That's a helpful discussion of fundamental option theories on that website.
Thanks for taking a look at that CAF thread, Phil.
Quite welcome, Ariel.
No takers then? Go on, give it go
1 Corinthians 11:4
According to my Bible commentary, Roman men used to pull the loose part of their toga over their heads when worshiping. So what St. Paul is advising is that Christian men should not do the same.
Derek, you've won an IPA from Pop-pop for that answer.
Ah, so when artificial birth control was considered seriously sinful,those Catholics
who did not see it as so & used birth control,
were not considered to be committing a serious
sin. It is only if one understands & agrees with the Church, who then uses birth control who was considered to be in serious sin.
So the Church does not try & force beliefs on its members through guilt, shame, fear ect.
Wow am I understanding this correctly?
Mary Sue, I'm sure there are still listings of grave matter that include artificial birth control. But, yes to your question: one must know something is gravely wrong and freely choose to do it anyway for it to be a mortal sin. That doesn't mean that those who do such acts but don't know it's a mortal sin aren't sinning to some degree and experiencing consequences, however. The teaching is supposed to indicate danger zones, thus providing a service to believers.
When you say "the Church does not try to force beliefs on its members through guilt, shame, fear, etc." that would need to be better nuanced, as there are a wide range of beliefs taught by the Church. And what do you mean by "the Church," here? Generally, the Magisterium (official teaching authority) just states things in straightforward manner.
Yes, saying "The Church" didn't feel right but didn't
know how else to put it at the time. I would say
hierachy of the church, priests, bishops ect. Where
using these forms of these behaviors is acceptable practice.
Recently I had an discussion with a Methodist minister who acknowledged very honestly
that in the past some Methodist ministers had used guilt, fear, ect. to attempt to control their membership's behavior. He sard they used it because it worked. He commented that they had seen long term negative affects from that approach.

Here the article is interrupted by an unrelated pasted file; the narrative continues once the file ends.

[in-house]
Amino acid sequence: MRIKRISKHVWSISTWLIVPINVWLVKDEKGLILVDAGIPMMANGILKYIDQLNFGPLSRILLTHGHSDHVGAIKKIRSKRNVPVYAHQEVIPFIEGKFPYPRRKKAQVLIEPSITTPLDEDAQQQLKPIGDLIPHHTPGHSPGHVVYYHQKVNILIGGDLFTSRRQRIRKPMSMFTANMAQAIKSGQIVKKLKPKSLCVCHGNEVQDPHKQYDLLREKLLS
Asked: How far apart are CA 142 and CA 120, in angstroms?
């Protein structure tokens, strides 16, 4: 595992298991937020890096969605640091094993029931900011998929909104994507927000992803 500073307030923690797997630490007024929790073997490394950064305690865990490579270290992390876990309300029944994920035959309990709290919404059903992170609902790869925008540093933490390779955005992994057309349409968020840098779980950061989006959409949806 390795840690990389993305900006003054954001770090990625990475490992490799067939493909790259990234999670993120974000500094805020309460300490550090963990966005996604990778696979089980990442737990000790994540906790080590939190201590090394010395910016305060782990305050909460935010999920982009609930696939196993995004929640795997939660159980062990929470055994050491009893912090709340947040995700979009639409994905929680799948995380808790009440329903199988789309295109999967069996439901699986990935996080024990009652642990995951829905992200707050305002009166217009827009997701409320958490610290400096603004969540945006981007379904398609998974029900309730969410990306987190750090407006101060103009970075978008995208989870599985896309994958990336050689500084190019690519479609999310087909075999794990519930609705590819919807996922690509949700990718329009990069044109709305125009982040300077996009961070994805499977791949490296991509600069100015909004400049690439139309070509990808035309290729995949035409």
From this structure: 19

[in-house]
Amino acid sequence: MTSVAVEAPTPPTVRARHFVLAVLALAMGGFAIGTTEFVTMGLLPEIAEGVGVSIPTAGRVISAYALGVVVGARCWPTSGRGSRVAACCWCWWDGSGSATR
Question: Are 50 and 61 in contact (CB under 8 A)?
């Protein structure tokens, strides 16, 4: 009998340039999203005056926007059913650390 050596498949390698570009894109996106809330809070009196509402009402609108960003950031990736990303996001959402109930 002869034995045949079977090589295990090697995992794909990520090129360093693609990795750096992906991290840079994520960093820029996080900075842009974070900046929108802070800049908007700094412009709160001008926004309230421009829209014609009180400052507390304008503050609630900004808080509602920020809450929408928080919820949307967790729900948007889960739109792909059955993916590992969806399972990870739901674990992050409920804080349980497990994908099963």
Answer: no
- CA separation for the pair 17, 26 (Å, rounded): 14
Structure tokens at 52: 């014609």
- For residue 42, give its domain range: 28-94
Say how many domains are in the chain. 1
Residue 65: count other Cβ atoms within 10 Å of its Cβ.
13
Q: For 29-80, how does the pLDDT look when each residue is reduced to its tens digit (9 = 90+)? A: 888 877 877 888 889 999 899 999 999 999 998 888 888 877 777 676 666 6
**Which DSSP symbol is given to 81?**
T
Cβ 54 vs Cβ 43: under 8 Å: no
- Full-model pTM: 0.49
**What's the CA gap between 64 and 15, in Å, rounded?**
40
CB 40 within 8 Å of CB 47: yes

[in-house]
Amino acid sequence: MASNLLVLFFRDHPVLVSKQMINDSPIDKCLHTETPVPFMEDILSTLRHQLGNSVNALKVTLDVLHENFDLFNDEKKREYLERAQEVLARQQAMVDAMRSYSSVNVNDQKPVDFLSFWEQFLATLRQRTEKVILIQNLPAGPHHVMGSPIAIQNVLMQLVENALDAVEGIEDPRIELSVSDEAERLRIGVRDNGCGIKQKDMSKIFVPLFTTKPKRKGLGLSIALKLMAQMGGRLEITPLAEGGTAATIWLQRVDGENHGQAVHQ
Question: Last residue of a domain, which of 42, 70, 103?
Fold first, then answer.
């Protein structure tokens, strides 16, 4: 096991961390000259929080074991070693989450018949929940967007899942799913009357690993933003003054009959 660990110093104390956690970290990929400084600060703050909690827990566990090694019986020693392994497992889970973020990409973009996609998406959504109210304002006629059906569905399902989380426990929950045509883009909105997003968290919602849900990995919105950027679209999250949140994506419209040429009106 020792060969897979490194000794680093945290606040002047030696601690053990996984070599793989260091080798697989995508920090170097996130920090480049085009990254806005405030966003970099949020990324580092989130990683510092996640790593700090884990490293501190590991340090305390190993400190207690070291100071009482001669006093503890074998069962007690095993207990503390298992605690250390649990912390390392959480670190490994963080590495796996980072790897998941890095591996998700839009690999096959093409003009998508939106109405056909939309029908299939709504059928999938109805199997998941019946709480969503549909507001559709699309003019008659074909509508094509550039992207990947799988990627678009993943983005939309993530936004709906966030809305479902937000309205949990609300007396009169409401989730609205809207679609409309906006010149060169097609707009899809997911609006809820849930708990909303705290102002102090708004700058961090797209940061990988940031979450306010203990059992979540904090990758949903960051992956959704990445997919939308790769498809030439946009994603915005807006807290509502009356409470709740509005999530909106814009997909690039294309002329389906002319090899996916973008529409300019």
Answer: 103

I don't know if the Church addresses the topic of woman's liberation.
As an example, I watched someone I knew being confirmed and becoming a Catholic. When asked by the priest,they said they wished their confirmation name to be Teresa after St. Teresa of Avila. She was not given a chance to say why. It was because of her contemplative prayer life.
As soon as the Priest heard St. Teresa of Avila, he rolled his eye & said, you know she is only 1 of 2 woman doctor's of the Church. Yes, she said. In front of 1,000 people he said in a demeaning way, your not one of those
woman's libber's are you? It seemed to her that the priest sought to publicly make a strong statement either personal or of the church beliefs, at her expense, about what he perceived as a woman's place in the Church.
What I have read of Church doctrine it states
that woman and men are different but equal. To the best of my understanding being a woman's
libber of feminist isn't a sin. So I had nothing to offer her as to the priest's
comments.This message has been edited. Last edited by: Mary Sue,
Thanks for the reply Derek. I'm just not sure that your commentary makes the passage any clearer. Paul is addressing both men and woman and giving direction to both concerning head coverings (or perhaps even veils).
Most of the information on the internet only addresses woman and whether or not they still have to wear hats or some other form of head covering during worship services.
Almost nothing addresses this passage from the male side. Since there clearly is a relationship between Jewish head coverings and Catholic head coverings it just seems strange that Paul makes these statements.
Regarding the possible explanation based on Roman practice, it just seems odd that Paul would make such general statements to a Church in Greece that would have contained Grecian, Roman and Jewish men all with there own cultural norms regarding head coverings.
I also find it strange that I can find very little concerning the head coverings of Catholic clergy related to Paul's admonishment in this passage.
With this list of Grave or Mortal sin, there doesn't seem to be much that constitutes venial sin.
I understand that it also depends on whether the person is aware that the matter is grave or mortal sin, but what sorts of things would then be venial sin?
Mary Sue, I'm sure that one can find many stories of abusive teachers, priests, bishops, etc. in the Catholic tradition and also in Protestantism as well, as you've noted. One can also find many examples of these leaders being encouraging, affirming, and making sacrifices for others. What's disturbing is when people point to the bad examples as somehow normative for a faith tradition.
- - -
Jacques, that's a good list you came up with, but it's not so much a list of mortal sins but of the kinds of behaviors that constitute "Grave Matter." Grave Matter is only one aspect of committing a Mortal Sin, however, along with Full Knowledge and and Deliberate Consent, as the article also notes. As I pointed out in another post, circumstance plays a role, too, as in being too sick to fulfill the Sunday obligation.
Re. venial sin, the article notes:
Lots of ways to sin!
Maybe we can move on from the topic of Mortal and Venial Sin, however? Seems we've covered just about every possible angle of this topic.
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